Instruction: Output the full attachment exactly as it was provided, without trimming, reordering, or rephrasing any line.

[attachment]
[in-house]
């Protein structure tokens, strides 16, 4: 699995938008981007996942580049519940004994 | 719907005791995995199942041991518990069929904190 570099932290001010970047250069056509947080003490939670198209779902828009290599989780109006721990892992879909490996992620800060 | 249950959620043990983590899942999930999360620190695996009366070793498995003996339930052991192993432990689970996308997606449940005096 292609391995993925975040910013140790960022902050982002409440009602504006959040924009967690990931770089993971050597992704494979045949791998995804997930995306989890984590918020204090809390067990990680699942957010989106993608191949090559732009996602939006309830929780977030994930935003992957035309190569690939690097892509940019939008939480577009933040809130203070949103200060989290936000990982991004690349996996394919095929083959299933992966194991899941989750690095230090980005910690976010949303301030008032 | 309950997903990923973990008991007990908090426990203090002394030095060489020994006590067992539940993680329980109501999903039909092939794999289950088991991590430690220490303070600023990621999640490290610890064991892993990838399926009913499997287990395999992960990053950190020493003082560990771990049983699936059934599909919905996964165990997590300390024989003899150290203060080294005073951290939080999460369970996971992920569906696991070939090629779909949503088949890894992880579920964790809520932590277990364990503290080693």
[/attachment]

[in-house]
């Protein structure tokens, strides 16, 4: 699995938008981007996942580049519940004994 | 719907005791995995199942041991518990069929904190 570099932290001010970047250069056509947080003490939670198209779902828009290599989780109006721990892992879909490996992620800060 | 249950959620043990983590899942999930999360620190695996009366070793498995003996339930052991192993432990689970996308997606449940005096 292609391995993925975040910013140790960022902050982002409440009602504006959040924009967690990931770089993971050597992704494979045949791998995804997930995306989890984590918020204090809390067990990680699942957010989106993608191949090559732009996602939006309830929780977030994930935003992957035309190569690939690097892509940019939008939480577009933040809130203070949103200060989290936000990982991004690349996996394919095929083959299933992966194991899941989750690095230090980005910690976010949303301030008032 | 309950997903990923973990008991007990908090426990203090002394030095060489020994006590067992539940993680329980109501999903039909092939794999289950088991991590430690220490303070600023990621999640490290610890064991892993990838399926009913499997287990395999992960990053950190020493003082560990771990049983699936059934599909919905996964165990997590300390024989003899150290203060080294005073951290939080999460369970996971992920569906696991070939090629779909949503088949890894992880579920964790809520932590277990364990503290080693």